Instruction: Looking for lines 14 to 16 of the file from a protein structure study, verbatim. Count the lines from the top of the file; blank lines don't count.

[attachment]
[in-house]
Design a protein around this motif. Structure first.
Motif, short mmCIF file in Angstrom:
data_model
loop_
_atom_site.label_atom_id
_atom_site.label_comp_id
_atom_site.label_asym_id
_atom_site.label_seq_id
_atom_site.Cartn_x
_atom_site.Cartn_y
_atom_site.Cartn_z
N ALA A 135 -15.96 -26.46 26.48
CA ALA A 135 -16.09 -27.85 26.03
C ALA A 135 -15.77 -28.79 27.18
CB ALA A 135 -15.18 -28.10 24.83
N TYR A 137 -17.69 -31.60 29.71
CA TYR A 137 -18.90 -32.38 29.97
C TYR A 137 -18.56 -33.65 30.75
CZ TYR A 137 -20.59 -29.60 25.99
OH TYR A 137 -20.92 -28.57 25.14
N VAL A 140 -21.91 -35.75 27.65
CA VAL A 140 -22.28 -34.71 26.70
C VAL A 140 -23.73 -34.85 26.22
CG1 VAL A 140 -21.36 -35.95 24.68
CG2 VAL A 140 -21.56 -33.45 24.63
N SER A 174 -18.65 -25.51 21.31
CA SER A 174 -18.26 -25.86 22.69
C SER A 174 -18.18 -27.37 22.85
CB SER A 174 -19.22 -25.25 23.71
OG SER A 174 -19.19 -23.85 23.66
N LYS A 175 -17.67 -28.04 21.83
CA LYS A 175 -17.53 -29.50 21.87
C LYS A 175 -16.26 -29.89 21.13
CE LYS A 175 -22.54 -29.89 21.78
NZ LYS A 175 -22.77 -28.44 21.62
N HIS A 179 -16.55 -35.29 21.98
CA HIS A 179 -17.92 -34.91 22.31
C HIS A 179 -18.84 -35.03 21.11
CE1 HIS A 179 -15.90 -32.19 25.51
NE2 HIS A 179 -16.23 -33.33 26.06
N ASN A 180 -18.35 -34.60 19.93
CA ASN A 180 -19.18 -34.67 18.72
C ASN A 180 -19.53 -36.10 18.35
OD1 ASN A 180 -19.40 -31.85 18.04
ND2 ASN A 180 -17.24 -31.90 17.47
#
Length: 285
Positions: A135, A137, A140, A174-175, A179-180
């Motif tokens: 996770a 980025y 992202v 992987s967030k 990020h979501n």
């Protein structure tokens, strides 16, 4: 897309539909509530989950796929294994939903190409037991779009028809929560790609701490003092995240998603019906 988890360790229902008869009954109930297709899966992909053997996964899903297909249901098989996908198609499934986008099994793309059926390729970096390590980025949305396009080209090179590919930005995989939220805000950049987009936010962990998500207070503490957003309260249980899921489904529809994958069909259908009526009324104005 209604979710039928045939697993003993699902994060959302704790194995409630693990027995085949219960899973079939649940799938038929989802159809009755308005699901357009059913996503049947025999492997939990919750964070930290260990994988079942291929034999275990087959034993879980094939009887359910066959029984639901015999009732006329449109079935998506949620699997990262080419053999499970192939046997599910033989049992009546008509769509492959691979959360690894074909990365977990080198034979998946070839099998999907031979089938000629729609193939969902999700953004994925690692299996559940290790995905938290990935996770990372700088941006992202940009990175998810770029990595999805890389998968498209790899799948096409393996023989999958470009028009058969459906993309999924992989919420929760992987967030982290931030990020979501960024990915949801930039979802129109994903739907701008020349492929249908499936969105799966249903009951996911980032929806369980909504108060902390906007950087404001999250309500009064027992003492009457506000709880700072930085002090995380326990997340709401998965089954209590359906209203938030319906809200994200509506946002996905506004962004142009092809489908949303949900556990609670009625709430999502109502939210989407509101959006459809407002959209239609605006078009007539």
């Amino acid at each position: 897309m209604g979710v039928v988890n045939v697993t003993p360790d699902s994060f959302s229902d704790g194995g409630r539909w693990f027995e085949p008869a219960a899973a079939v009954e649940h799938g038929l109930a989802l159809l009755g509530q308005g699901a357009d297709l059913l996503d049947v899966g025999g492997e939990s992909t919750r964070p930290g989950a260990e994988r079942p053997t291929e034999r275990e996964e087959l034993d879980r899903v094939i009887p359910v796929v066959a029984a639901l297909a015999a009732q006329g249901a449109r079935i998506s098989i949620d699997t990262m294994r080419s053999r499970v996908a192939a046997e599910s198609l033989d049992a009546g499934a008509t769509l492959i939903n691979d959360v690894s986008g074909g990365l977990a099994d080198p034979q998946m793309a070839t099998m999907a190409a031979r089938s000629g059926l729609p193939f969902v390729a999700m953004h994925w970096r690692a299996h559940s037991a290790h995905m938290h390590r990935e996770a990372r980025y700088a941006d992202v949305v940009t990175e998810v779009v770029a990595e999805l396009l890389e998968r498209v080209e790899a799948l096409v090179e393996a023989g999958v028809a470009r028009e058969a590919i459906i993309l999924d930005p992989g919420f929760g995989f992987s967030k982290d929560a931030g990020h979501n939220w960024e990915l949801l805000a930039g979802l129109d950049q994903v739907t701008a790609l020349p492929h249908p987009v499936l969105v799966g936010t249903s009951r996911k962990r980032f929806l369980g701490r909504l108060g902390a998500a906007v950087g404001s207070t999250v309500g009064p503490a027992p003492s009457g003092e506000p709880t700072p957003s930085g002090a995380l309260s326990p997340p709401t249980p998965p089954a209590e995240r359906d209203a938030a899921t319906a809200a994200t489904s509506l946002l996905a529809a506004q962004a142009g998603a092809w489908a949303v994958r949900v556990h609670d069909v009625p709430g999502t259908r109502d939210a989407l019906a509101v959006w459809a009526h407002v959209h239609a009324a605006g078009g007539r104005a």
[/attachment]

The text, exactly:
CA ALA A 135 -16.09 -27.85 26.03
C ALA A 135 -15.77 -28.79 27.18
CB ALA A 135 -15.18 -28.10 24.83